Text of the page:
Secretary of State for Communities and Local Government Sajid Javid has upped the political rhetoric surrounding building new homes.
Opening by painting a clichéd picture of ‘hardworking people’ with their noses pressed against an estate agent’s window (ignoring the fact that the majority of house hunters are on a sofa looking at Rightmove), Javid repeated the oft-told fact that the average house now costs almost eight times what most people earn in a year.
“The reason housing has become unaffordable for so many is simple: demand is hugely outstripping supply, because Britain isn’t building enough new homes,” Javid said. “Things reached a nadir under the last Labour government, where housebuilding fell to levels not seen since the 1920s and the number of first-time buyers dropped by a whopping 55 per cent.
Javid said that the £2 billion of funding to pilot large-scale ‘accelerated construction’ techniques announced in the Autumn statement won’t result in the cheap and nasty pre-fabs of the past.
“Think of them as ‘made to measure and ready to go’, the kind of thing you sometimes see individuals using on Grand Designs,” he said. “It’s the most popular way to build modern, stylish homes in countries like Germany and Japan. Now it’s going to happen here.”
Due to be published in January, the Housing White Paper will set out plans to get even more new homes built. “I’ve been very clear with local authorities that I will back them all the way if they put forward robust, well-reasoned, locally-driven plans to get homes built in their area – even if that means making some difficult decisions,” Javid said.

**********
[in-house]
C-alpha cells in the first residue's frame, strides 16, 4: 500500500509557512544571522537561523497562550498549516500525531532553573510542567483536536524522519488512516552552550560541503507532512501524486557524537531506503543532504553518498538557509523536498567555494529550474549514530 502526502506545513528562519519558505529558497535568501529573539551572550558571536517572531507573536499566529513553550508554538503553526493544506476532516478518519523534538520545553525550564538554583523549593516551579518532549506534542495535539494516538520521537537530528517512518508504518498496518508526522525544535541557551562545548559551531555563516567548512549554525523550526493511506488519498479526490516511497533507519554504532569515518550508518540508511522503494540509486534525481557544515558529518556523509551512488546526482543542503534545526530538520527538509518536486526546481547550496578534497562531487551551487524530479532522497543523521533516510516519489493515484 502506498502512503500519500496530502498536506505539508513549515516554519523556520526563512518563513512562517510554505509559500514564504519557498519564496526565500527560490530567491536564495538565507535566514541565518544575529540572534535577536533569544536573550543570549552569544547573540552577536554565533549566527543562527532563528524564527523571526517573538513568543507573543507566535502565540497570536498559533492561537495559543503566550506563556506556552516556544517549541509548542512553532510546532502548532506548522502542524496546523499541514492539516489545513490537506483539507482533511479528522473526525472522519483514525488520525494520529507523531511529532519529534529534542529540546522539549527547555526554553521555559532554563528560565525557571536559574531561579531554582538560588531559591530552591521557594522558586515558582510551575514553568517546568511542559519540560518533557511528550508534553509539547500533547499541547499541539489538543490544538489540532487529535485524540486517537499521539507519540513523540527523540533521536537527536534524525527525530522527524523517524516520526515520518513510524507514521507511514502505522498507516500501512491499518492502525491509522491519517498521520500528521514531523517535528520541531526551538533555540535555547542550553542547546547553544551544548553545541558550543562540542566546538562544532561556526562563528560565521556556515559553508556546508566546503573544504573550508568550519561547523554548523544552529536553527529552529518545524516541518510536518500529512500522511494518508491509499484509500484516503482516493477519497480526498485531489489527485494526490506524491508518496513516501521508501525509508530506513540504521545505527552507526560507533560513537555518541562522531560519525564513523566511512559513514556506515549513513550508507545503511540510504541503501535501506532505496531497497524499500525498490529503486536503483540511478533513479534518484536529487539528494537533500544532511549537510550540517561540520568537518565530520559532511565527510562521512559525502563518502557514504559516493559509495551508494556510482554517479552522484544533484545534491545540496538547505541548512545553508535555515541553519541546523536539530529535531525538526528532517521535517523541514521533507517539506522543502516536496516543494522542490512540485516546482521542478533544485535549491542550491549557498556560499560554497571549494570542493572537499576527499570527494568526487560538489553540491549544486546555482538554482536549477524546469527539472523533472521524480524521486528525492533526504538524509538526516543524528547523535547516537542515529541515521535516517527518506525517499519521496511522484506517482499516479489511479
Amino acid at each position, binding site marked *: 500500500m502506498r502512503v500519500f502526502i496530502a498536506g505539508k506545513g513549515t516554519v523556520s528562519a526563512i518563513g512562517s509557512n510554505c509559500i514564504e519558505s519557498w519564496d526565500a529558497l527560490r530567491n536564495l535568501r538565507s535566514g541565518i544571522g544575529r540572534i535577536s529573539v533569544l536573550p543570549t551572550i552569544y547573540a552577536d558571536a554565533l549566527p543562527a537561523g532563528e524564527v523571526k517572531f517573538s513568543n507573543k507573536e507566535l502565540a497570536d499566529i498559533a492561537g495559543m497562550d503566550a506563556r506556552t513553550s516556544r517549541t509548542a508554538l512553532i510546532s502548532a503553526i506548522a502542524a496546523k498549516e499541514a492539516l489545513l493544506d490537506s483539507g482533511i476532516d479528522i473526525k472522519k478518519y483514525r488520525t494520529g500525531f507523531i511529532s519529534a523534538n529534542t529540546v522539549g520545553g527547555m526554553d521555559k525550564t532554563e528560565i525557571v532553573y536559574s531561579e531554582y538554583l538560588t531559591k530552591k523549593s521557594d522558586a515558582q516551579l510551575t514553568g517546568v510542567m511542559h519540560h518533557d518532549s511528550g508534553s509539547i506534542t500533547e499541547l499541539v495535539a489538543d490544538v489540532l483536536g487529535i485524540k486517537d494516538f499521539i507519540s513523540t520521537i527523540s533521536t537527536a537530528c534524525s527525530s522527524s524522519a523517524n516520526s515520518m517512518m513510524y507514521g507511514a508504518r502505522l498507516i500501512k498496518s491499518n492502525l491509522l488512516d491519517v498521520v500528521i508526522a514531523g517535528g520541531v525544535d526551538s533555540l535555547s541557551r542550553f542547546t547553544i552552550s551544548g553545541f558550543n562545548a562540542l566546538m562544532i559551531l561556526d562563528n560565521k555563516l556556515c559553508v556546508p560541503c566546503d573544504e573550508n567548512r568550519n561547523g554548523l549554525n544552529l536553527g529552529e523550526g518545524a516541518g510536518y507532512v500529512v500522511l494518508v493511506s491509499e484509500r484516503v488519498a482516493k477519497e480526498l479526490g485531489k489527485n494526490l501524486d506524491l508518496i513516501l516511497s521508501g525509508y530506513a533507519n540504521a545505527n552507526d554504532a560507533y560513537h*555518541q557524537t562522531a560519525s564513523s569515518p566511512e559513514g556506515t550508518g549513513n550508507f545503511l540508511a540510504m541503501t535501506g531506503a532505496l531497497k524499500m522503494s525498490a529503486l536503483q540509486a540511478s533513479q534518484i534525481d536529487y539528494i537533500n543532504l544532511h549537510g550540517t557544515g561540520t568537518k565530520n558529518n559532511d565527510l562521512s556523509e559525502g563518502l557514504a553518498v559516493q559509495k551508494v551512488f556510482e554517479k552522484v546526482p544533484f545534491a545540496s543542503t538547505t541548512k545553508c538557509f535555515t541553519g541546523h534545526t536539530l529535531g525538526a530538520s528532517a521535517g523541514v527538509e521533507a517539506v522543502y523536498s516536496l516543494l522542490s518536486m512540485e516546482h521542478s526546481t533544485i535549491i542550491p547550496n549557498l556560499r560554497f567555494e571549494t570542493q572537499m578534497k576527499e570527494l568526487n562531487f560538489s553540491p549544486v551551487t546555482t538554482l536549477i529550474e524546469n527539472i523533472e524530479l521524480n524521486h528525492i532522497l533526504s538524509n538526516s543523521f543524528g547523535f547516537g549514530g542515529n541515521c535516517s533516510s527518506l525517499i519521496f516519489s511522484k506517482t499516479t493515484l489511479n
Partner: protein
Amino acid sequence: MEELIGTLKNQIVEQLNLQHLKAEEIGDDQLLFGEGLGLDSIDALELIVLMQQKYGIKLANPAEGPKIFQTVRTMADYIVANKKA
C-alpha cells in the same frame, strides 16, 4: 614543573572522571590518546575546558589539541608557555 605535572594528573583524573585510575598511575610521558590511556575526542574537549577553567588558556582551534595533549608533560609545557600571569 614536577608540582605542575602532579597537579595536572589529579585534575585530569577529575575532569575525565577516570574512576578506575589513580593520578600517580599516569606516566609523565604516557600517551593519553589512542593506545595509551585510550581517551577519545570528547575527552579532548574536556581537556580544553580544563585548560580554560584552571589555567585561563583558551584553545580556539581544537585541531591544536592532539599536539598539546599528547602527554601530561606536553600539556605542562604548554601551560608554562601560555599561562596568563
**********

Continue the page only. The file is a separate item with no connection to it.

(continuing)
Javid also defended his decision to allow Birmingham’s council to re-designate a small area of green belt land. “Some people have said that, by allowing this, I’m signalling that the Government is no longer committed to protecting the great British countryside, but they couldn’t be more wrong,” he said. “In line with our manifesto commitment, the Government is committed to protecting green belt land and prioritising development on brownfield land.
“Local authorities are responsible for designating green belt land and only in exceptional circumstances should they alter it. I always want to see brownfield sites used first, which is precisely why we’re also putting more money into bringing neglected parts of towns and cities back to life. We’re creating communities where people will be proud to live, and support building on abandoned urban areas like old factories and car parks.”
Javid also returned to his controversial claim that big housebuilders are banking land, despite numerous reports debunking this myth. “At the moment, some of them (big housebuilders) are failing to put your interests first, hoarding land rather than prioritising building,” he said. It’s called “land banking” – not building homes they have permission for so that they can push up demand and prices. That’s not fair on the people of Britain, it’s not fair on smaller building firms, and it’s not good for the economy. It has to stop, or be stopped.”
PICTURE SOURCE: Creative Britain